Since its a regular at home, I try to prepare it in different ways. This time I prepared it with capsicum in a typical Indian spice mix. The slightly tangy, spicy paneer dish goes very well with any kind of South Asian flatbreads. Let us do it.

Paneer[Indian Cottage Cheese] : 250gm
Capsicum[Shimla Mirch] : 1[small]
Red Bell Pepper : 1[small] optional
Tomato : 1[big]
Onion : 1[big]
Plain Yogurt : 1/2small cup
Ginger Paste : 2tsp
Garlic Paste : 1tsp
Cumin Powder : 1/2tsp
Coriander Powder : 1/2tsp
Turmeric Powder : 1/2tsp
Chilli Powder : 1tsp
Garam Masala Powder : 1/2tsp
Cumin Seeds : 2pinches
Salt : As Required
Oil : 3tbsp

Cut the paneer into your desired shape and apply little salt. Cut the tomato, deseed and wash. Peel, wash and slice the onion. Cut the veggies into cubes and wash. Rub with salt.

Heat oil in a wok. Temper with cumin seeds. Add the onion slices. Fry till golden brown. Add the ginger n garlic paste and fry for 1-2 minutes till the raw smell goes.

Add the tomato pieces, salt and turmeric. Keep stirring till the tomato pieces melt. Beat the yogurt and add to the wok. Stir till the mix separates from the oil.

Add the cumin powder, coriander powder, chilli powder and stir for 1/2 a minute. Add the veggies and stir at high heat for 1 minute. Add 1/2 cup water.

Once the gravy comes to boil, Add the paneer pieces. Let boil for a minute. Add the garam masala, stir and let cook for a minute. Its done.

Serve hot with any kind of South Asian Bread!!

Wednesday, 2 December 2015


Fulkopi Aloor Dalna.... the typical Bengali way. In our childhood this was a winter treat. In those days Cauliflower was available only during winter, its taste incomparable. They tasted heavenly as no chemical fertilisers were used. Be it fry, curry or a dry preparation, the Bengalis loved it all. I remember, at our home no part of a cauliflower was thrown. The leaves were made into a paste, then cooked with sliced onions, chillies with a tempering of nigella seeds. The stems[data] were also used to prepare a yummy veggie. These days I don't even see leaves on them unless one is growing them in their own garden. I remember my maternal grandfather used to grow it in his garden during winters. Two years back my mom grew them in pots and reserved one for me to cook when I visit. The taste was awesome.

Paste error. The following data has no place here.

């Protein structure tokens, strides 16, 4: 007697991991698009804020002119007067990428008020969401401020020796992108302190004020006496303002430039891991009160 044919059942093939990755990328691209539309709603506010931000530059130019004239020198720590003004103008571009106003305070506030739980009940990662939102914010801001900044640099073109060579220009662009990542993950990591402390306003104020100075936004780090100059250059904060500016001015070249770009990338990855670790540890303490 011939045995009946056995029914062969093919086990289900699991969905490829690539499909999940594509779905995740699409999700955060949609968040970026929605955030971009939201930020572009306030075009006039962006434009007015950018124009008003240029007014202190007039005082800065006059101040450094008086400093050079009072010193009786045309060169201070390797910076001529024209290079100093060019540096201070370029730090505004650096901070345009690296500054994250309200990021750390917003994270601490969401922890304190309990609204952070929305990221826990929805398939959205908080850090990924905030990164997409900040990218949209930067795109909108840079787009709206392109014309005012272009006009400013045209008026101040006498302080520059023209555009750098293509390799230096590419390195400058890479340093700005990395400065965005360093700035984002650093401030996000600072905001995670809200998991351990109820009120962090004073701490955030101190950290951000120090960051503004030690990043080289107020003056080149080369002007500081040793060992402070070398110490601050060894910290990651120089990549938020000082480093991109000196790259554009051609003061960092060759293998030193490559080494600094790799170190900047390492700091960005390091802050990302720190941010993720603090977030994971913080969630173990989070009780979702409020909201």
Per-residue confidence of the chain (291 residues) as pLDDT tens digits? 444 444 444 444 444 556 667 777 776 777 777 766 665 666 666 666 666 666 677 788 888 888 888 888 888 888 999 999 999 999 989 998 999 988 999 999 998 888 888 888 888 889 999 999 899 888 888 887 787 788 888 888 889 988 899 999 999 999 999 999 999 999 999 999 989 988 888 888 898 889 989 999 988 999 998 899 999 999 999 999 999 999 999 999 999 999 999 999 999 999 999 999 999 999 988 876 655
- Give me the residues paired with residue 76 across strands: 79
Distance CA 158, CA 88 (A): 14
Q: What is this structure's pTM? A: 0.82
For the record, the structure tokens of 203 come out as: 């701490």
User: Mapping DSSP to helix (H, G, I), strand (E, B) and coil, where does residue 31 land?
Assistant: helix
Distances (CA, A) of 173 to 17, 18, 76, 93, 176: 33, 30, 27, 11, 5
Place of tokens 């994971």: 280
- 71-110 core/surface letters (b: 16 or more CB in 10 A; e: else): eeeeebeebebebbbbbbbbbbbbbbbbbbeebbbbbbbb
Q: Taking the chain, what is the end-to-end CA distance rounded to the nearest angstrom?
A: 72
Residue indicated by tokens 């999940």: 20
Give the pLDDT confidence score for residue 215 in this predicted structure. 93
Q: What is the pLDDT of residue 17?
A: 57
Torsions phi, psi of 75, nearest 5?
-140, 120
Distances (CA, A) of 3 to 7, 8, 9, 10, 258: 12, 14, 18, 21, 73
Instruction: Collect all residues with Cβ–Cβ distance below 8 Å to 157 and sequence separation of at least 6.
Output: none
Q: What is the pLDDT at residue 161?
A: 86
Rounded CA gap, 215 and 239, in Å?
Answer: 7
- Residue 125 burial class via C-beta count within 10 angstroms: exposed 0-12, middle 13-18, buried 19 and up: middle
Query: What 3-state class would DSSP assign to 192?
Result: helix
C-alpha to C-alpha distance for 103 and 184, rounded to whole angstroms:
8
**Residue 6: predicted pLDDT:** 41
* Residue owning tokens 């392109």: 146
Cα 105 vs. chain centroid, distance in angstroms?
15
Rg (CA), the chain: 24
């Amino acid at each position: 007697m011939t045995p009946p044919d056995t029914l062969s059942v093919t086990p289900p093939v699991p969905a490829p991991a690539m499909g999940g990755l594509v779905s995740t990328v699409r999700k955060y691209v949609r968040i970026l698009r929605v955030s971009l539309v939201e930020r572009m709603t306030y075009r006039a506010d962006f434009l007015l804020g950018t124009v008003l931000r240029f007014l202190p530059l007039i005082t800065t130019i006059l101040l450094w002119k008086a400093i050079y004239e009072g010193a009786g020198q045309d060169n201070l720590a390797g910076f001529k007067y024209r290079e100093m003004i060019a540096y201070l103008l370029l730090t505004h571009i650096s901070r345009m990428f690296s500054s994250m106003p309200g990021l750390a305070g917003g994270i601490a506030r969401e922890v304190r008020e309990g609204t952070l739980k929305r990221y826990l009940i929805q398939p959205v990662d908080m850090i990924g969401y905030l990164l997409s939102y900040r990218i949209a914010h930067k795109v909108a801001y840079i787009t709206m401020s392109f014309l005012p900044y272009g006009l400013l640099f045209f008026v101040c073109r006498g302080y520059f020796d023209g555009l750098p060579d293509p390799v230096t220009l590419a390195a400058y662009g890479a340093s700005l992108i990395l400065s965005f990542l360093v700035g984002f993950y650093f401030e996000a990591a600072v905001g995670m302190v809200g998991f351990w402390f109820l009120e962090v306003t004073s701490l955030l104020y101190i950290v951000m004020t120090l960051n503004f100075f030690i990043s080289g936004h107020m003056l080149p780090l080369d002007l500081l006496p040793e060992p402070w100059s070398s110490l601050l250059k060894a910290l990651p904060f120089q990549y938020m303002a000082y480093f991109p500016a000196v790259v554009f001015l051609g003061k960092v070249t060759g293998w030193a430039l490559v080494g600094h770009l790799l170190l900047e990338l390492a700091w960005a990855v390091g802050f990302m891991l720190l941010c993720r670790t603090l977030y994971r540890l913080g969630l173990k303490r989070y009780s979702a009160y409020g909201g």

This curry with cauliflower and potato is a regular at my home. I do it the typical Bengali way. Here I did not fry the cauliflower florets and the potato pieces which we are supposed to do just to avoid more consumption of oil. Let us do it.


Cauliflower : 1medium
Potato : 1big
Tomato : 1big
Ginger Paste : 1tbsp
Cumin Powder : 1tsp
Red Chilli Powder : 1tsp
Turmeric Powder : 1tsp
Salt : As Required
Sugar : 1/2tsp
Cinnamon Powder : A pinch
Green Cardamom Powder : A pinch
Cloves Powder : A pinch
Cumin Seed : A pinch
Bayleaf : 1
Ghee[clarified butter] : 1/2tsp
Oil : 2tbsp


Cut the potatoes into big cubes and the cauliflowers into florets. Wash and rub with half tsp turmeric powder and salt as required.

Boil the cauliflower florets in enough water for 5 minutes. Drain the water. Cut the tomato into pieces, discard the seeds and wash.

Heat oil in a wok. Temper with cumin seeds and bayleaf.